Applications of Spatial Analysis in Congenital Anomalies Registries

  • Amin Bateni Tabriz University Of Medical Science
  • Saeed Dastgiri Department Of Community Medicine, Tabriz Medical School
  • Mohammad Mosaferi Tabriz Health Services Management Research Centre, Tabriz University of Medical Sciences
  • Mahammad Heidarzadeh
Keywords: Spatial Analysis, Congenital Anomalies, Birth Defects


Background.  Despite the potential role of spatial analysis in the investigation of the etiology of birth defects, there are relatively few published data on this field. This aim of this article is to discuss the main applications of spatial analysis in the registries of congenital anomalies. Advantages and limitations of spatial analysis will also be discussed using the data from Tabriz Registry of Congenital Anomalies (TRoCA).


Methods/Design. Some softwares have been designed for spatial analysis. Each software has its specific definition for the points taken as "Place" in mapping the diseases distribution. Point, distribution, proportional and choropletic maps with relevant statistical tests are used for different types of spatial analysis.


Results. A total of 247 695 births with 4704 cases of congenital anomalies have been registered in TRoCA program between 2000 and 2011. Total prevalence of congenital anomalies was 1.9 per 100 births for this period of time.


Conclusion. Large international registries of congenital anomalies can perform multi-level area analysis (i.e., city based, in hospitals, regions, etc) while small registries will have to improve their quality of data and expand the area and population for which the data collected enabling them for more reliable spatial analysis.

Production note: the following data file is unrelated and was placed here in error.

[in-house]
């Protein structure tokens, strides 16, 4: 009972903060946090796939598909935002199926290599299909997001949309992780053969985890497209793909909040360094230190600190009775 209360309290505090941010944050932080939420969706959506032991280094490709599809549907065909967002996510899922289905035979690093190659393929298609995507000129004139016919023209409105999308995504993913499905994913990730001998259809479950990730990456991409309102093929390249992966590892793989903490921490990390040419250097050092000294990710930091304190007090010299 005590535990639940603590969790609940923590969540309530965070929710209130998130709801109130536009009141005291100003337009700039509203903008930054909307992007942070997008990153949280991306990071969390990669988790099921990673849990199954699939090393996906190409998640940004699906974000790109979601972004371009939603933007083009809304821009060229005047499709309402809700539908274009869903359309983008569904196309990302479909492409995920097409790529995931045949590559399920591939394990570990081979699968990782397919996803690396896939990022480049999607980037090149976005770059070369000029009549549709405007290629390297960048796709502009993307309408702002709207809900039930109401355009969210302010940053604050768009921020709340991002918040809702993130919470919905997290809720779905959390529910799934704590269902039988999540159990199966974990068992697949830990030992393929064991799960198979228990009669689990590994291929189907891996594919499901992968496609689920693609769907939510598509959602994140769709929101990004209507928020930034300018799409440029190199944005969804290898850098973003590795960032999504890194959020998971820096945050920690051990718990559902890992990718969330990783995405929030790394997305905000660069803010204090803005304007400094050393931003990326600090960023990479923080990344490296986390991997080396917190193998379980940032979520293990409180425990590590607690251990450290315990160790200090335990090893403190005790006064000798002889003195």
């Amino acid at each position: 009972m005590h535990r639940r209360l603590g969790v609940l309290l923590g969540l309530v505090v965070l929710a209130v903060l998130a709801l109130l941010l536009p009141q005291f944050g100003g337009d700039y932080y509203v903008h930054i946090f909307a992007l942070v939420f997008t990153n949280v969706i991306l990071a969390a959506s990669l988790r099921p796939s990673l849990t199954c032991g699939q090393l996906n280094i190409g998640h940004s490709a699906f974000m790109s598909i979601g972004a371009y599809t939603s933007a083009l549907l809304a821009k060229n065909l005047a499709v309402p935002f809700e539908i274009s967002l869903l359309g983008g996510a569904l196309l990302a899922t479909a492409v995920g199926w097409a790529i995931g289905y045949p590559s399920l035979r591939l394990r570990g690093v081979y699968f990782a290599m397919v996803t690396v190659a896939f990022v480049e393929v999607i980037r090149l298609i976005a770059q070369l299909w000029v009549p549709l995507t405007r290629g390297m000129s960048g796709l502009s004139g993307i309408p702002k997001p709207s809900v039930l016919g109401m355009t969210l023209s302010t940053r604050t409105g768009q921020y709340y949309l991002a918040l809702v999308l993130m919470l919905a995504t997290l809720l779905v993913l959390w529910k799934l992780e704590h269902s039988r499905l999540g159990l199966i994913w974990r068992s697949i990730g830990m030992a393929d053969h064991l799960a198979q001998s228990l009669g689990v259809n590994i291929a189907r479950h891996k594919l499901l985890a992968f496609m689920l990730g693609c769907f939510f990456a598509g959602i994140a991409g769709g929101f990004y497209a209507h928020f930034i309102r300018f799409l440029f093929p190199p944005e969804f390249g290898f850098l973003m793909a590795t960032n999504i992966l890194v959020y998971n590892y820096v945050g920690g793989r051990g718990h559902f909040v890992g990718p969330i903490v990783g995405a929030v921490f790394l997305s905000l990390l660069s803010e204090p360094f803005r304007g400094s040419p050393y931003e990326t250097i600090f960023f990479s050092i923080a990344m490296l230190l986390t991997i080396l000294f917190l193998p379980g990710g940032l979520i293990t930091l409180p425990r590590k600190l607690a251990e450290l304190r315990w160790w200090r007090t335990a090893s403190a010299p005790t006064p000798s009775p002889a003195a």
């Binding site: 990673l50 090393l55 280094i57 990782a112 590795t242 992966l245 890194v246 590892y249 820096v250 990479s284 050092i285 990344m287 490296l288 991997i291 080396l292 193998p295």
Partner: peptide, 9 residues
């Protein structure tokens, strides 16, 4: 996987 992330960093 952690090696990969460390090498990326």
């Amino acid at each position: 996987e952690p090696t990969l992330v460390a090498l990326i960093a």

Author Biography

Amin Bateni, Tabriz University Of Medical Science

Department Of Community Medicine, Tabriz Medical School


Maffini G. Raster versus vector data encoding and handling: a commentary. Photogrammetric Engineering and Remote Sensing.1987 Oct; 53(10):1397-1398.

Rogers MY. Getting started with geographic information systems (GIS): a local health department perspective. Journal of Public Health Management and Practice.1999 Jul; 5(4): 22-32.

Waller LA, Gotway CA. Applied spatial statistics for public health data. New Jersey: John Wiley & Sons Ltd; 2004.

EUROCAT Statistical Monitoring Protocol. European Surveillance of Congenital Anomalies. 2009. Available at: Accessed January 2013.

Besag J, Newell J. The detection of clusters in rare diseases. Journal of the Royal Statistical Society. Series A (Statistics in Society).1991; 143-155.

Goodchild MF. Spatial autocorrelation. Norwich: Geo Books; 1986.

Longly P, Batty M. Spatial analysis: modelling in a GIS environment. Canada: John Wiley & Sons Ltd;1996.

Anselin L. Local indicators of spatial association-LISA. Geographical Analysis. 1995 Apr; 27(2): 93-115.

Cuzick J, Edwards R. Spatial clustering for inhomogeneous populations. Journal of the Royal Statistical Society. Series B (Methodological). 1990: 73-104.

Openshaw S, Charlton M, Wymer C, Craft A. A mark 1 geographical analysis machine for the automated analysis of point data sets. International Journal of Geographical Information System. 1987; 1(4): 335-358.

Turnbull BW, Iwano EJ, Burnett WS, Howe H, Clark LC. Monitoring for clusters of disease: application to leukemia incidence in upstate New York. American Journal of Epidemiology. 1990 Jul: 132(supp1), 136-143.

Kulldorff M, Nagarwalla N. Spatial disease clusters: detection and inference. Statistics in Medicine. 1995 Apr: 14(8), 799-810.

Patil GP, Taillie C. Upper level set scan statistic for detecting arbitrarily shaped hotspots. Environmental and Ecological Statistics. 2004 Jun: 11(2), 183-197.

Tabriz Registry of Congenital Anomalies (TRoCA). 2013. Available at: Accessed January 2013.

Siffel C, Strickland MJ, Gardner BR, Kirby RS, Correa A. Role of geographic information systems in birth defects surveillance and research. Birth Defects Research Part A: Clin Mol Teratol. 2006 Nov: 76(11), 825-833.

Wellesley D, Boyd P, Dolk H, Pattenden S. An aetiological classification of birth defects for epidemiological research. J Med Genet. 2005: 42(1), 54-57.

Short Communications